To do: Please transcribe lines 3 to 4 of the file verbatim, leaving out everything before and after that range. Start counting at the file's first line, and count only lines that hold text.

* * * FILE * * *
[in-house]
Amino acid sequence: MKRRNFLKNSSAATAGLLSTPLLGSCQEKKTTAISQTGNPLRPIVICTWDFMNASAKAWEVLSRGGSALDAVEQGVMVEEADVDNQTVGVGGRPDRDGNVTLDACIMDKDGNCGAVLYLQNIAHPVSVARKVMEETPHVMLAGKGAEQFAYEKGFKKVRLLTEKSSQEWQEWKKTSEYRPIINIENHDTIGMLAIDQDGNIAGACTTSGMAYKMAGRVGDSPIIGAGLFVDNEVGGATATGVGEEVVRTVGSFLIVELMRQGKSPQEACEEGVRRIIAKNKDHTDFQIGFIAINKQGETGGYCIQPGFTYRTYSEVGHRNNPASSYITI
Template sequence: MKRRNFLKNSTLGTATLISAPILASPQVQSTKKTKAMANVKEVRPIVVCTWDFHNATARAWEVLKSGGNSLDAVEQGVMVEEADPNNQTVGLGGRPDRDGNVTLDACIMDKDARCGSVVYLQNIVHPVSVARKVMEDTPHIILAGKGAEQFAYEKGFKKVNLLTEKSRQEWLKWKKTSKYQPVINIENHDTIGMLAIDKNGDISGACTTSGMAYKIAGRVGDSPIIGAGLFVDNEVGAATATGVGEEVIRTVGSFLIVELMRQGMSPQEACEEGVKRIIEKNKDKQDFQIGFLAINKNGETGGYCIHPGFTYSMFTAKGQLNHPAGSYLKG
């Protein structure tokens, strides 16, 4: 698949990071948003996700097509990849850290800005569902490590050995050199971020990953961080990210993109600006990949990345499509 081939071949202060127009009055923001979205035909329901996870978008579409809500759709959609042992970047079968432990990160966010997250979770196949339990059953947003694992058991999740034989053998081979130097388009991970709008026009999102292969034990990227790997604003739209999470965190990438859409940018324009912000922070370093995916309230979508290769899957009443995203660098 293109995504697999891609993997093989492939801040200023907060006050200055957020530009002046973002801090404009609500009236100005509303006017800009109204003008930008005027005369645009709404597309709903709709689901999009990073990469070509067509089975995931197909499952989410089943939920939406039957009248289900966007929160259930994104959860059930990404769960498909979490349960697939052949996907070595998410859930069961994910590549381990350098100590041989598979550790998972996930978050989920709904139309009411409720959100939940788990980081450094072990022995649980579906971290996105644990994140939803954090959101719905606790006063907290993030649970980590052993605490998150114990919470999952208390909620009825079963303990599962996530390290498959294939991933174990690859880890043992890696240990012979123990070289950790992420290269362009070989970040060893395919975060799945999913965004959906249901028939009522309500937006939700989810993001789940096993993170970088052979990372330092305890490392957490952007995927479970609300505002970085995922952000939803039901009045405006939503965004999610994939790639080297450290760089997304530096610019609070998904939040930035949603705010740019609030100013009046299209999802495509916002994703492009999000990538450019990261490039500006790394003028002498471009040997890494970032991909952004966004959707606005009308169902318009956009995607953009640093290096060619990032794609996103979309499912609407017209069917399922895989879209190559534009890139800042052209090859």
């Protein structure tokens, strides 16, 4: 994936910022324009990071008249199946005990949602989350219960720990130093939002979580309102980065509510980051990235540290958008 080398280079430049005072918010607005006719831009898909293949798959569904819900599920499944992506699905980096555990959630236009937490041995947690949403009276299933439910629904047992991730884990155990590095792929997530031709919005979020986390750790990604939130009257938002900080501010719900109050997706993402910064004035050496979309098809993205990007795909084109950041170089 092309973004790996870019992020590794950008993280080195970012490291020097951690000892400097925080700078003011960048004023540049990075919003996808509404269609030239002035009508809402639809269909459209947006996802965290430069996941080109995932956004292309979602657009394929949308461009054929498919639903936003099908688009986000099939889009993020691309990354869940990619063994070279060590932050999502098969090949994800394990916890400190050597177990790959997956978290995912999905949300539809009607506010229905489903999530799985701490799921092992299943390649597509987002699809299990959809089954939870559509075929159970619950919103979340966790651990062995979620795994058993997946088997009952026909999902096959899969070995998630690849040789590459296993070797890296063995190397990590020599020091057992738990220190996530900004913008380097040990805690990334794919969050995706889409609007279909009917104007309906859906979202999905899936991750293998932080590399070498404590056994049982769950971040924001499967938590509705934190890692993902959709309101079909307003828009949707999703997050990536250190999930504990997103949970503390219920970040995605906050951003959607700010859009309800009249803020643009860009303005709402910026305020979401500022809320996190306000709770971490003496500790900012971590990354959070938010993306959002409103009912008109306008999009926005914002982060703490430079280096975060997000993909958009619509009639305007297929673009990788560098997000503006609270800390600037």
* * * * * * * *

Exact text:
Template sequence: MKRRNFLKNSTLGTATLISAPILASPQVQSTKKTKAMANVKEVRPIVVCTWDFHNATARAWEVLKSGGNSLDAVEQGVMVEEADPNNQTVGLGGRPDRDGNVTLDACIMDKDARCGSVVYLQNIVHPVSVARKVMEDTPHIILAGKGAEQFAYEKGFKKVNLLTEKSRQEWLKWKKTSKYQPVINIENHDTIGMLAIDKNGDISGACTTSGMAYKIAGRVGDSPIIGAGLFVDNEVGAATATGVGEEVIRTVGSFLIVELMRQGMSPQEACEEGVKRIIEKNKDKQDFQIGFLAINKNGETGGYCIHPGFTYSMFTAKGQLNHPAGSYLKG
């Protein structure tokens, strides 16, 4: 698949990071948003996700097509990849850290800005569902490590050995050199971020990953961080990210993109600006990949990345499509 081939071949202060127009009055923001979205035909329901996870978008579409809500759709959609042992970047079968432990990160966010997250979770196949339990059953947003694992058991999740034989053998081979130097388009991970709008026009999102292969034990990227790997604003739209999470965190990438859409940018324009912000922070370093995916309230979508290769899957009443995203660098 293109995504697999891609993997093989492939801040200023907060006050200055957020530009002046973002801090404009609500009236100005509303006017800009109204003008930008005027005369645009709404597309709903709709689901999009990073990469070509067509089975995931197909499952989410089943939920939406039957009248289900966007929160259930994104959860059930990404769960498909979490349960697939052949996907070595998410859930069961994910590549381990350098100590041989598979550790998972996930978050989920709904139309009411409720959100939940788990980081450094072990022995649980579906971290996105644990994140939803954090959101719905606790006063907290993030649970980590052993605490998150114990919470999952208390909620009825079963303990599962996530390290498959294939991933174990690859880890043992890696240990012979123990070289950790992420290269362009070989970040060893395919975060799945999913965004959906249901028939009522309500937006939700989810993001789940096993993170970088052979990372330092305890490392957490952007995927479970609300505002970085995922952000939803039901009045405006939503965004999610994939790639080297450290760089997304530096610019609070998904939040930035949603705010740019609030100013009046299209999802495509916002994703492009999000990538450019990261490039500006790394003028002498471009040997890494970032991909952004966004959707606005009308169902318009956009995607953009640093290096060619990032794609996103979309499912609407017209069917399922895989879209190559534009890139800042052209090859």